Mussenden Temple and Downhill House # 8
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Panoramic photo by Gary Quigg PRO EXPERT Taken 12:00, 15/06/2012 - Views loading...

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Mussenden Temple and Downhill House # 8

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An enjoyable place to stop and walk around for an hour when exploring the northern coast of Antrim, Northern Ireland. Explore the ruins of Downhill house and visit the Mussenden Temple, which was originally a library, perched right on the cliffside. Don't be worried about the cracks in the ceiling and interior brickwork of the temple, it has recently been strengthened and stabilised.

From Wikipedia: http://en.wikipedia.org/wiki/Mussenden_Temple

Mussenden Temple is a small circular building located on cliffs near Castlerock in County Londonderry, high above the Atlantic Ocean on the north-western coast of Northern Ireland. It was built in 1785 and forms part of the estate of Frederick Augustus Hervey, the 4th Earl of Bristol, Bishop of Derry. Built as a library and modelled on the Temple of Vesta in Italy, it is dedicated to the memory of Hervey's cousin Frideswide Mussenden.

Over the years the erosion of the cliff face at Downhill has brought Mussenden Temple ever closer to the edge, and in 1997 the National Trust carried out cliff stabilisation work to prevent the loss of the building.[1] The inscription around the building reads, "Suave, mari magno turbantibus aequora ventis e terra magnum alterius spectare laborem.." "Tis pleasant, safely to behold from shore/ The troubled sailor, and hear the tempests roar. The quotation is from Lucretius De Rerum Natura, 2.1-2

Now part of the National Trust property of Downhill Estate & Mussenden Temple, the grounds encompassing Mussenden Temple, and its manor house (Downhill Castle) are open to the public all year, from dawn to dusk.[2] The temple itself is open on certain days, and admission is free. The Temple offers views westwards over Downhill Strand towards Magilligan Point and County Donegal and to the east Castlerock beach towards Portstewart, Portrush and Fair Head.

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This panorama was taken in UK, Europe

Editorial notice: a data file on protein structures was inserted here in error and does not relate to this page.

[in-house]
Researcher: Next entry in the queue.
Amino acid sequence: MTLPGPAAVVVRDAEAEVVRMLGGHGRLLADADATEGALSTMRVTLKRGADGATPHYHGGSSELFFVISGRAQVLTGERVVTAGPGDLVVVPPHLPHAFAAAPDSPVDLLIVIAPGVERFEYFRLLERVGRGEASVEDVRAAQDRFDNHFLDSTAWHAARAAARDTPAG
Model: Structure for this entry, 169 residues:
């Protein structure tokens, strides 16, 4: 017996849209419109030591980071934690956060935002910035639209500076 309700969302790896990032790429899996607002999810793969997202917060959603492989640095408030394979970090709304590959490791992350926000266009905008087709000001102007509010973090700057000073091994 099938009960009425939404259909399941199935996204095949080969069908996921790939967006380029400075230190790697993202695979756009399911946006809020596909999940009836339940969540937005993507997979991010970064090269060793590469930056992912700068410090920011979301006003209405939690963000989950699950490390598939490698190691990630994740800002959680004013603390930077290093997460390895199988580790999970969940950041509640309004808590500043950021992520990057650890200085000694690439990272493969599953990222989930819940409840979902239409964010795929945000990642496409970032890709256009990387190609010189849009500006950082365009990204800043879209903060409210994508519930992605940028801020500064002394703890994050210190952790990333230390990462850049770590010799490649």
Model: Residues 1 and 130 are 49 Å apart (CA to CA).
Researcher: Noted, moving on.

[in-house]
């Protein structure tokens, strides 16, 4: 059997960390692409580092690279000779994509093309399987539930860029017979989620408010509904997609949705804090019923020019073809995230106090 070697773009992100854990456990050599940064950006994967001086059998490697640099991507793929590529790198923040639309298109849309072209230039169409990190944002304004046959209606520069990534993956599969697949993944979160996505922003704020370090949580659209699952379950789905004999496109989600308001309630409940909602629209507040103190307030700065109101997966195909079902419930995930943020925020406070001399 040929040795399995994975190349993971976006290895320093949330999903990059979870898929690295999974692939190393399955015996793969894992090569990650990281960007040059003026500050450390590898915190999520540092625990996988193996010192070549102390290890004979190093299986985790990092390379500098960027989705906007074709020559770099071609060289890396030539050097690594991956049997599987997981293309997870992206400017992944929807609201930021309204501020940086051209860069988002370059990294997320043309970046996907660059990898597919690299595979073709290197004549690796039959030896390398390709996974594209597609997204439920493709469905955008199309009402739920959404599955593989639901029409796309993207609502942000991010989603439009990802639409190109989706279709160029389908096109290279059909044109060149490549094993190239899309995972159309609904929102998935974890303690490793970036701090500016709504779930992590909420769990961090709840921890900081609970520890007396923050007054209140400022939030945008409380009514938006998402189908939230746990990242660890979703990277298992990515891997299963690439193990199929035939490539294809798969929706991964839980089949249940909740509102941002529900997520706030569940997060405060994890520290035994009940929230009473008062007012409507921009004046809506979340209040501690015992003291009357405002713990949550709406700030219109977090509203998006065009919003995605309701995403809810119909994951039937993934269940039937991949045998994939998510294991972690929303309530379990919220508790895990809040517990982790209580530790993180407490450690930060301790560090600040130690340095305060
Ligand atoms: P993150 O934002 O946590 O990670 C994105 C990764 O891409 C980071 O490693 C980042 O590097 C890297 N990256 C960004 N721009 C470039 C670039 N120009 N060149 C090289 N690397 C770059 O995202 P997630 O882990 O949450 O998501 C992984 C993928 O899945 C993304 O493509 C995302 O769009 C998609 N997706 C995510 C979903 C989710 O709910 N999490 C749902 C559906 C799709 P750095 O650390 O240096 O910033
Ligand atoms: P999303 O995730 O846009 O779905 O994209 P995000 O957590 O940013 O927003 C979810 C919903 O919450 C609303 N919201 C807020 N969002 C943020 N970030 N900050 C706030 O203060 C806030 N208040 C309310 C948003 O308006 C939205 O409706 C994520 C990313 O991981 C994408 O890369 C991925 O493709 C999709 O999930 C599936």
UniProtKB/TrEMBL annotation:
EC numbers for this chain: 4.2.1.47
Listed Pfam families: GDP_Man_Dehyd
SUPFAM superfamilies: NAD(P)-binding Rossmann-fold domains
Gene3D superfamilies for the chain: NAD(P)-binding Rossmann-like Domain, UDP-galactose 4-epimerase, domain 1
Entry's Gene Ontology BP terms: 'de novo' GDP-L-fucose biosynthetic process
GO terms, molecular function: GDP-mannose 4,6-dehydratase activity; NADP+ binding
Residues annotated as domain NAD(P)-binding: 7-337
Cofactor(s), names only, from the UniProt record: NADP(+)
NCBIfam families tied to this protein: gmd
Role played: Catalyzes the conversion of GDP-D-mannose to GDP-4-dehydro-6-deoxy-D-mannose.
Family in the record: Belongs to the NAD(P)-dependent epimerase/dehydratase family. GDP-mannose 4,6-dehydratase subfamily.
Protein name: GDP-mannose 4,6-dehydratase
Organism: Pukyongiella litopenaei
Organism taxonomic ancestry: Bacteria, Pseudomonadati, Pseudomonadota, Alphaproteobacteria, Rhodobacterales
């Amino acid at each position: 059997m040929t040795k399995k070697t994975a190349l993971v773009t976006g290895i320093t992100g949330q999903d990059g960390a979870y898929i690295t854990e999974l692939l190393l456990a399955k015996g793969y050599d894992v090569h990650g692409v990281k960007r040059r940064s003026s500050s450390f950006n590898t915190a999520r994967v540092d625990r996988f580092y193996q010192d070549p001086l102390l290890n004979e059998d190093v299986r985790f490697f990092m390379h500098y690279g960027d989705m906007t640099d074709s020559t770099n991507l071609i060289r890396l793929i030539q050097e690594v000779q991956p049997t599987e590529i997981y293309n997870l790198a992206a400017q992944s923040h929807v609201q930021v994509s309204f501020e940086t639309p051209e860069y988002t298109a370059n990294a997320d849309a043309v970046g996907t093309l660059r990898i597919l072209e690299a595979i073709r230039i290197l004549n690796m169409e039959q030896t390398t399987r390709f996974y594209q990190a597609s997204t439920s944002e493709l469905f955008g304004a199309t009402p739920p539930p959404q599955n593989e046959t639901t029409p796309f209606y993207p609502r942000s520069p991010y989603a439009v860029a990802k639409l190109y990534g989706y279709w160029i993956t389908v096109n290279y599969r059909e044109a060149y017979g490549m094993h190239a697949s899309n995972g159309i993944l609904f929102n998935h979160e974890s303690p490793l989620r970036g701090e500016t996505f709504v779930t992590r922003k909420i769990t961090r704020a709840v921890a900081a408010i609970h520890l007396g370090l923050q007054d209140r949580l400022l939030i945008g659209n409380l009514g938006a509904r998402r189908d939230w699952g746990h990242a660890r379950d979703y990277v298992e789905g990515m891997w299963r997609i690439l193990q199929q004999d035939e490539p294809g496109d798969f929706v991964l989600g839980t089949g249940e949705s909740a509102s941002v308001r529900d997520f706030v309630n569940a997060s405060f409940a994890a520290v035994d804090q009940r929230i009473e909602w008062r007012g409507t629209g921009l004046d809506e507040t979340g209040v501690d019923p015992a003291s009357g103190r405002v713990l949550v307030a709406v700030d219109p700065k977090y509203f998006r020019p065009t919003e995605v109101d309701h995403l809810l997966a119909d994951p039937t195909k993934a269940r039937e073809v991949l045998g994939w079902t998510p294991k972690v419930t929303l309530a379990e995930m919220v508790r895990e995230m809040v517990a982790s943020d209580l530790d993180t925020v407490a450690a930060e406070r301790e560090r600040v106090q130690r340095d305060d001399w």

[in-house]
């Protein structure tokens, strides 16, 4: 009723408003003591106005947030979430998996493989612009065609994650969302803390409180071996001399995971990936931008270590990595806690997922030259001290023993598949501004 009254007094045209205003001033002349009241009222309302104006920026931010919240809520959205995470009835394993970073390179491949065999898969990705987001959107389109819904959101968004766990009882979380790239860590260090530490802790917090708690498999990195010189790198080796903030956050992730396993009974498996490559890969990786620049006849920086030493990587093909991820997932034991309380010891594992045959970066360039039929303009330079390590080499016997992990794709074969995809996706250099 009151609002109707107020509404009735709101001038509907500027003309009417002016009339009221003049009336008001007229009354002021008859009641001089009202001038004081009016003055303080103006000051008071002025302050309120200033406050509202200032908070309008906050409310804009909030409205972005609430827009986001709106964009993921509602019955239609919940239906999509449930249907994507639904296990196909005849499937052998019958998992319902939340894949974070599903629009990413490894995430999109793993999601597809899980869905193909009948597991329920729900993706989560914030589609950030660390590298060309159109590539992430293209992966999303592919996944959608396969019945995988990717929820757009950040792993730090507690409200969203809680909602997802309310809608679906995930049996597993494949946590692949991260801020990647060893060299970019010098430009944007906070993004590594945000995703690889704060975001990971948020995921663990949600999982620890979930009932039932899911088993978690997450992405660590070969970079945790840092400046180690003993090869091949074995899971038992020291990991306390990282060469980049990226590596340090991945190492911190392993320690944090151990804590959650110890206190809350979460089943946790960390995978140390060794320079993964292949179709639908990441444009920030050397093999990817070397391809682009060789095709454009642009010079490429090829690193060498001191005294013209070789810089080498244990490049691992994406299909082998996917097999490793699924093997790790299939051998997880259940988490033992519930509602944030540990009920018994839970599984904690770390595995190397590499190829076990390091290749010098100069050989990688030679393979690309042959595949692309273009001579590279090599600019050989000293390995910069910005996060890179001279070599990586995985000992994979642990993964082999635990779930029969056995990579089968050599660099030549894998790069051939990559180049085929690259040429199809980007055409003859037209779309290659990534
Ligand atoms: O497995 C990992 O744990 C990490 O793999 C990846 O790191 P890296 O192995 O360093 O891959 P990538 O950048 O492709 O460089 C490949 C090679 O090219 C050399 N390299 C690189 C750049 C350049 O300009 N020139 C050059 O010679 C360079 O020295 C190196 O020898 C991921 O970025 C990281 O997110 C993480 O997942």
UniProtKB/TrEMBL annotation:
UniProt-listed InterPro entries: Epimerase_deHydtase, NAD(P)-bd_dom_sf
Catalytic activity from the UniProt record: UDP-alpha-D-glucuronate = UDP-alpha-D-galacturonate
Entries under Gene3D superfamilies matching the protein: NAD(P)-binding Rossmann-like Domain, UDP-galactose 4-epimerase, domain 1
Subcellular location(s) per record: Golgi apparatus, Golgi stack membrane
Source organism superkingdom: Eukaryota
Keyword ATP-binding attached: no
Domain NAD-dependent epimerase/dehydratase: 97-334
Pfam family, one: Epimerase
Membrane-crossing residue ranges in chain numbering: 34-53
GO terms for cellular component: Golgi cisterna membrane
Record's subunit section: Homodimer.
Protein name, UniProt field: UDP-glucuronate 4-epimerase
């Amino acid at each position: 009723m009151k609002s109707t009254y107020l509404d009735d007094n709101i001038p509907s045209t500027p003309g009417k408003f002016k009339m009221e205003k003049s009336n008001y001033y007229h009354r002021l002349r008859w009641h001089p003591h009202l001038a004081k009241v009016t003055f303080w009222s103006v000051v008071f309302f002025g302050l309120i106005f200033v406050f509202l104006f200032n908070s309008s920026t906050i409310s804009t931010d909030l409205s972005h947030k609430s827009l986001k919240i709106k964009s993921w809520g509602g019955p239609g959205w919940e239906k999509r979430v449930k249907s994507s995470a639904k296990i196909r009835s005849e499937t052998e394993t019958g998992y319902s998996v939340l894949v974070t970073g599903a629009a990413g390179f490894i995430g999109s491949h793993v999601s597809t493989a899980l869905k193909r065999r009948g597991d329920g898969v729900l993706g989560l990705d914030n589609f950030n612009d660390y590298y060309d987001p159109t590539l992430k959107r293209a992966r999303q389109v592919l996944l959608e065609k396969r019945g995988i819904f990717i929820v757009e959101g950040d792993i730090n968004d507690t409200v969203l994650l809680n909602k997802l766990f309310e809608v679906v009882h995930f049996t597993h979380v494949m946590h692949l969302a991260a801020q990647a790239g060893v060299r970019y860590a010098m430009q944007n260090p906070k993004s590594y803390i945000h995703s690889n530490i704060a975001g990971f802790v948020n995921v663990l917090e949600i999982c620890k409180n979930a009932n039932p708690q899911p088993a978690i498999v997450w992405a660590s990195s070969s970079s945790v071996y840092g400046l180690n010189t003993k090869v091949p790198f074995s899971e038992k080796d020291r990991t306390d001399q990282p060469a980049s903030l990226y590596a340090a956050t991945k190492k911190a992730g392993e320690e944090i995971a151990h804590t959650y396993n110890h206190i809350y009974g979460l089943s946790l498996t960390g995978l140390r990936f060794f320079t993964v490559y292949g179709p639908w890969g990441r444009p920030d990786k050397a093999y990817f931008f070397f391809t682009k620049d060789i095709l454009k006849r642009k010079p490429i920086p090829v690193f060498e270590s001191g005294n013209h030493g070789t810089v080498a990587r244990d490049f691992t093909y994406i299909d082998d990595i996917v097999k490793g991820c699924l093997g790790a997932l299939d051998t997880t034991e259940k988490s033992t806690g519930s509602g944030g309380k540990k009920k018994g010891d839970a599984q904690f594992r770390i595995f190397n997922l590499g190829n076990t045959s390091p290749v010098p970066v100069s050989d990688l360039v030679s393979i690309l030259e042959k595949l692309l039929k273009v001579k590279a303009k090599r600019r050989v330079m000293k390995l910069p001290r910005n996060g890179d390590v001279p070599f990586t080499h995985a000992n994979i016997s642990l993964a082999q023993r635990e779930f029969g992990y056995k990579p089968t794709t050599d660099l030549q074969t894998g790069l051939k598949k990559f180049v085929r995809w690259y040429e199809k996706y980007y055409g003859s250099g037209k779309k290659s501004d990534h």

This is an overview of Europe

Europe is generally agreed to be the birthplace of western culture, including such legendary innovations as the democratic nation-state, football and tomato sauce.

The word Europe comes from the Greek goddess Europa, who was kidnapped by Zeus and plunked down on the island of Crete. Europa gradually changed from referring to mainland Greece until it extended finally to include Norway and Russia.

Don't be confused that Europe is called a continent without looking like an island, the way the other continents do. It's okay. The Ural mountains have steadily been there to divide Europe from Asia for the last 250 million years. Russia technically inhabits "Eurasia".

Europe is presently uniting into one political and economic zone with a common currency called the Euro. The European Union originated in 1993 and is now composed of 27 member states. Its headquarters is in Brussels, Belgium.

Do not confuse the EU with the Council of Europe, which has 47 member states and dates to 1949. These two bodies share the same flag, national anthem, and mission of integrating Europe. The headquarters of the Council are located in Strasbourg, France, and it is most famous for its European Court of Human Rights.

In spite of these two bodies, there is still no single Constitution or set of laws applying to all the countries of Europe. Debate rages over the role of the EU in regards to national sovereignty. As of January 2009, the Lisbon Treaty is the closest thing to a European Constitution, yet it has not been approved by all the EU states. 

Text by Steve Smith.

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